POSTED Wed. Oct 14, 2015
Blues, Barbeque and Winning Returns to Lafayette Square

Does anything go together better than listening to blues guitar riffs while eating a rack of ribs? The answer is no. And that’s why the Crescent City Blues & BBQ Festival is a can’t miss event on the crowded New Orleans fall calendar. Few free festivals can match its mix of musical and culinary talent, and its downtown Lafayette Square location is close to the French Quarter without being overwhelmed by tourists.

The festival, now in its tenth year, is produced and presented by the New Orleans Jazz & Heritage Foundation.. This year features its most musically diverse lineup yet, with acts from Texas to the Delta, all the way up the Mississippi River to Chicago. And of course, there’s a wide range of food vendors dishing out pulled pork sandwiches, jalapeno mac n cheese, vegetarian/vegan options, and tons more.

Like French Quarter Festival, the Crescent City Blues & BBQ fest celebrates local icons — musicians like Walter Wolfman Washington, or Little Freddie King — while also booking acts from around the U.S., such as Chicago bluesman Lurrie Bell. Having just two stages in relatively compact Lafayette Square makes for an intimate musical setting. Various arts and craft tents also dot the festival grounds, while barbecue vendors line adjacent N. Maestri St. Plus, WWOZ live-streams the event online and on the air in case you ever have to step away.

The Jazz and Heritage foundation also organizes an Oral History Stage in Gallier Hall, across St. Charles Avenue from Lafayette Square. Here, music journalists interview blues icons like Mason Ruffler and Brint Anderson about their influences and experiences in the music industry. The interviews are as informative as they are hilarious — all of these artists know how to put on a show.

As far as barbecue, well, you have your pick of the city’s finest. Some of my favorites:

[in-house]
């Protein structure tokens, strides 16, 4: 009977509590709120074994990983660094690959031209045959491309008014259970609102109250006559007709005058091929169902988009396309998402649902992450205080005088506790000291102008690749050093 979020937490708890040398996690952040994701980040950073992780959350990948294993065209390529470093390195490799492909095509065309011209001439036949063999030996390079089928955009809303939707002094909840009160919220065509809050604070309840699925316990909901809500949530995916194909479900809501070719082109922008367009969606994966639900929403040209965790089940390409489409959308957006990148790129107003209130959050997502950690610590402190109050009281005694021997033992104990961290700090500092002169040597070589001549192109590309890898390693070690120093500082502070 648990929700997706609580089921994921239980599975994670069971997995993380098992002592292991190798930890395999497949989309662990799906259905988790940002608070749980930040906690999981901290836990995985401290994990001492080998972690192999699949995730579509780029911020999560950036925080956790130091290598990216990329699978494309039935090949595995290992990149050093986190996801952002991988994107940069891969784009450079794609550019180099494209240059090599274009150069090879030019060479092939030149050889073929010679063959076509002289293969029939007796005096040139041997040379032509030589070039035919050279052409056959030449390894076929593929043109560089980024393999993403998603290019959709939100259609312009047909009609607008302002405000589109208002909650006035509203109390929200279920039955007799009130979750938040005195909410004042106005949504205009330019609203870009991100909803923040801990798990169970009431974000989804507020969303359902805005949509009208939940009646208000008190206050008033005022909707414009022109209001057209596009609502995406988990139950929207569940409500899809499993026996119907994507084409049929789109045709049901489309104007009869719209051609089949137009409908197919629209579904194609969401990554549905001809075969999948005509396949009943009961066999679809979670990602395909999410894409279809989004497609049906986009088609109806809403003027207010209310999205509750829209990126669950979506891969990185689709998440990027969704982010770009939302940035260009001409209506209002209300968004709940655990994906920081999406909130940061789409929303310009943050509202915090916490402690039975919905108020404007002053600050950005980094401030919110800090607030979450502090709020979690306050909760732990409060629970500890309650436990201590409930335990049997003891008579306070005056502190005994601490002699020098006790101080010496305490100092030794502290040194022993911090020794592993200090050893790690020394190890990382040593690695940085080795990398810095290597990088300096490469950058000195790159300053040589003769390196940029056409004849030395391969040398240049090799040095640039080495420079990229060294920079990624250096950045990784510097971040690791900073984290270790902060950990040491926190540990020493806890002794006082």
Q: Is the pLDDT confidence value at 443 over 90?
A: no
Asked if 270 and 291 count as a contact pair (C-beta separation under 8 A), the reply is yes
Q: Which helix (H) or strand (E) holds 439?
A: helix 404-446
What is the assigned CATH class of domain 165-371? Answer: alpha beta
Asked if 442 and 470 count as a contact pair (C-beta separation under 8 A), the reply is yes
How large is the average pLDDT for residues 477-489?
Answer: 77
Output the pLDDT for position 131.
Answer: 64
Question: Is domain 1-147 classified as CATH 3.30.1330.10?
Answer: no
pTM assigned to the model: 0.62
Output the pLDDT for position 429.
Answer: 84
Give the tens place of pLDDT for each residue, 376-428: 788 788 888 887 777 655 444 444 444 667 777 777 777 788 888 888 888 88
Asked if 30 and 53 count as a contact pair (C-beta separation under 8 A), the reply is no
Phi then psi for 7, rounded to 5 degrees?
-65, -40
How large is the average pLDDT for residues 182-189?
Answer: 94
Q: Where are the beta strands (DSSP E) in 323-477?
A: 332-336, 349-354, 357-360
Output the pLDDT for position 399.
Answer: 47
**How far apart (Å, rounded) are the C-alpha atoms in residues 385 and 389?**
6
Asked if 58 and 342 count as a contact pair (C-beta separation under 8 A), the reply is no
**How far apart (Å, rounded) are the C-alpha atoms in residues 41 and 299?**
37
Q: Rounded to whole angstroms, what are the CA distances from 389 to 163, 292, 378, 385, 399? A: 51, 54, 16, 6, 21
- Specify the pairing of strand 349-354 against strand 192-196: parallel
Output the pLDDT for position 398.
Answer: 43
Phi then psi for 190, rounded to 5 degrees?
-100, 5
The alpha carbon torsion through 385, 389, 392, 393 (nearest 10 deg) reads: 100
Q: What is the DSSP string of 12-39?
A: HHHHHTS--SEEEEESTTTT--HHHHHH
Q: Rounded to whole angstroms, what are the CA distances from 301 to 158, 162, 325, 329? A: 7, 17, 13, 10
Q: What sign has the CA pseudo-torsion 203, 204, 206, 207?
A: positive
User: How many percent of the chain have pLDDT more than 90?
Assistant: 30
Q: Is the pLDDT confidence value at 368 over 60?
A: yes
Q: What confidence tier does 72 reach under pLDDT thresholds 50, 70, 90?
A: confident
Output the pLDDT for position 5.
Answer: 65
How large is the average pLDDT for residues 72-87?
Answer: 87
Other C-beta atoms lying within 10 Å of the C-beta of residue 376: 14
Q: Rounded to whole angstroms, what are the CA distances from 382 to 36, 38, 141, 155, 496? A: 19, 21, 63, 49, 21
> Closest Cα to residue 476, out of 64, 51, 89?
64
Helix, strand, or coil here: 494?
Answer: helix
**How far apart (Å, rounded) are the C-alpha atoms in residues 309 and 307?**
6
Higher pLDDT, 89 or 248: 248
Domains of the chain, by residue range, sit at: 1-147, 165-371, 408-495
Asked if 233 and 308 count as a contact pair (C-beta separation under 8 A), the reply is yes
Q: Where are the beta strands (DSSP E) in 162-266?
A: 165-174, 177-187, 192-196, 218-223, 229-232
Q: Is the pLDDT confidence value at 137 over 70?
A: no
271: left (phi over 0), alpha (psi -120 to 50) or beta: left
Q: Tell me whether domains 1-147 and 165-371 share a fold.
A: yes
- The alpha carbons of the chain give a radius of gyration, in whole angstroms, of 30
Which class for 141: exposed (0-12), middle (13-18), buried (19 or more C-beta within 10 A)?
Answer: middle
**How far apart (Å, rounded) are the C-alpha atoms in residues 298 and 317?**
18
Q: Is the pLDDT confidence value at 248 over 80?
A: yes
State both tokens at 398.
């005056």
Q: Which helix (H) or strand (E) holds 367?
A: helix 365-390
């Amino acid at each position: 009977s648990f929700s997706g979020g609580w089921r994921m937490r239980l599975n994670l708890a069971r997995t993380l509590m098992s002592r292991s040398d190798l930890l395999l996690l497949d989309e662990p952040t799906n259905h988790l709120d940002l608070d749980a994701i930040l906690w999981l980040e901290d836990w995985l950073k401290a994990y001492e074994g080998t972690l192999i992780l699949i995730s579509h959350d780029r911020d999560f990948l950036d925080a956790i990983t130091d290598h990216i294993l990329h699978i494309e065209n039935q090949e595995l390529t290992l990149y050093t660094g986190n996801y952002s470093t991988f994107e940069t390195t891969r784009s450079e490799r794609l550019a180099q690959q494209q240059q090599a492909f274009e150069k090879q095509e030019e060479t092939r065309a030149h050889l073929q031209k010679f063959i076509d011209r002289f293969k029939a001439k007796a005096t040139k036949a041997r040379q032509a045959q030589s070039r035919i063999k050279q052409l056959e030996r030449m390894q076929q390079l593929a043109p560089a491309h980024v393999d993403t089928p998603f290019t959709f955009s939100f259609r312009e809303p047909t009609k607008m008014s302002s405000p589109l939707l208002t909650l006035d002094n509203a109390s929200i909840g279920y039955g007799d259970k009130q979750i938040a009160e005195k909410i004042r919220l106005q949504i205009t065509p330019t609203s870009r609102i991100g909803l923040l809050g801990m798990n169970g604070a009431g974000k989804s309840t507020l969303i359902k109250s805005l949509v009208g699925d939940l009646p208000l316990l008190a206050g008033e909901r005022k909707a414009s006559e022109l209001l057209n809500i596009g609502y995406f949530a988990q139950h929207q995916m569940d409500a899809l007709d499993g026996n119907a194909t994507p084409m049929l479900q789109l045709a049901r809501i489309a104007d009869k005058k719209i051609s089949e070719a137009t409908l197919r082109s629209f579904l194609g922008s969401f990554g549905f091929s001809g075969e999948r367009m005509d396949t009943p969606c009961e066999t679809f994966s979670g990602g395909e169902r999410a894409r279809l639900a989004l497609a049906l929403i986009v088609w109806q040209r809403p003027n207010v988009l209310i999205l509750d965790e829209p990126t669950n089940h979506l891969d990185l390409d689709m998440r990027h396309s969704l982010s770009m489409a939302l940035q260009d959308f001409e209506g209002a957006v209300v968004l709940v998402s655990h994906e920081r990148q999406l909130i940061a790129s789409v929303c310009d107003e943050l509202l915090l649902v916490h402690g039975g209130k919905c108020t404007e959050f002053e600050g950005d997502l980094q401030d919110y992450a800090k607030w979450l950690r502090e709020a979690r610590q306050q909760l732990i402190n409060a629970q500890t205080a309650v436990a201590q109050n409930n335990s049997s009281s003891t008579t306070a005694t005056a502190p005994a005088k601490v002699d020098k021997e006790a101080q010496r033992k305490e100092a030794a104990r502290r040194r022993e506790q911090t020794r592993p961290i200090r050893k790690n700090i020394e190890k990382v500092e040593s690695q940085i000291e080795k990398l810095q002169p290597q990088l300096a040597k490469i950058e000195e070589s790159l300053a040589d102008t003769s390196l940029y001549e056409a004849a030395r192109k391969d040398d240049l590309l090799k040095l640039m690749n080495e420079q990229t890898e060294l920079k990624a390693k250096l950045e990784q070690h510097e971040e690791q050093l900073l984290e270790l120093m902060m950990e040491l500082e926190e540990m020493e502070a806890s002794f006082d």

-Brisket Quesadilla from Saucy’s.
-Shrimp Etoufee from Praline Connection.
-Smoked Wings from Blue Oak BBQ.
-Pulled-Pork Sliders from The Joint.

And here’s a quick guide to some notable musical acts:

Saturday, October 17th
2:15pm – Little Freddie King (St. Charles Ave Stage)
75-year old Delta blues survivor and member of the Louisiana Music Hall of Fame.

3:15pm – Lurrie Bell (Camp Street Stage)
Chicago blues prodigy with an embattled, up and down career, finally getting the recognition he deserves. He won a Blues Music Award for his track “Blues In My Soul.”

7:00pm – Ride Your Pony Down to New Orleans – Home of the Blues starring The Funky Meters, plus special guests Allen Toussaint and Irma Thomas (St. Charles Ave Stage)
A collection of long-standing New Orleans stars. Hands down, the can’t miss performance of the festival.

Special Event/Official After Party 8:00pm – Drive-By Truckers @ The Joy Theater. If you haven’t gotten your fill at Lafayette Square, check out these longtime rockers out of Athens, Georgia.

Sunday, October 18th
4:30pm – Excello Records Reunion, Featuring Lazy Lester, Carol Fran, Classie Ballou, and Lil Buck Sinegal (St. Charles Ave Stage)
Collection of musicians featured on the influential Nashville blues record label, Excello.

5:45pm – Denise LaSalle (Camp Street Stage)
Blues and R&B star from Mississippi, known for her 70’s hit “Trapped By A Thing Called Love.”

For more information about The Crescent City Blues and BBQ Festival, check out their website..

Image: last year’s poster for the Crescent City Blues & BBQ Festival, via Facebook.


    Our Local Publisher Partners

    • The Arts Council of New Orleans
    • WWNO
    • WWOZ
    • PRC
    • NOMA
    • The Historic New Orleans Collection
    • Southern Food
    • Louisiana Endowment for the Humanities
    The Arts Council of New Orleans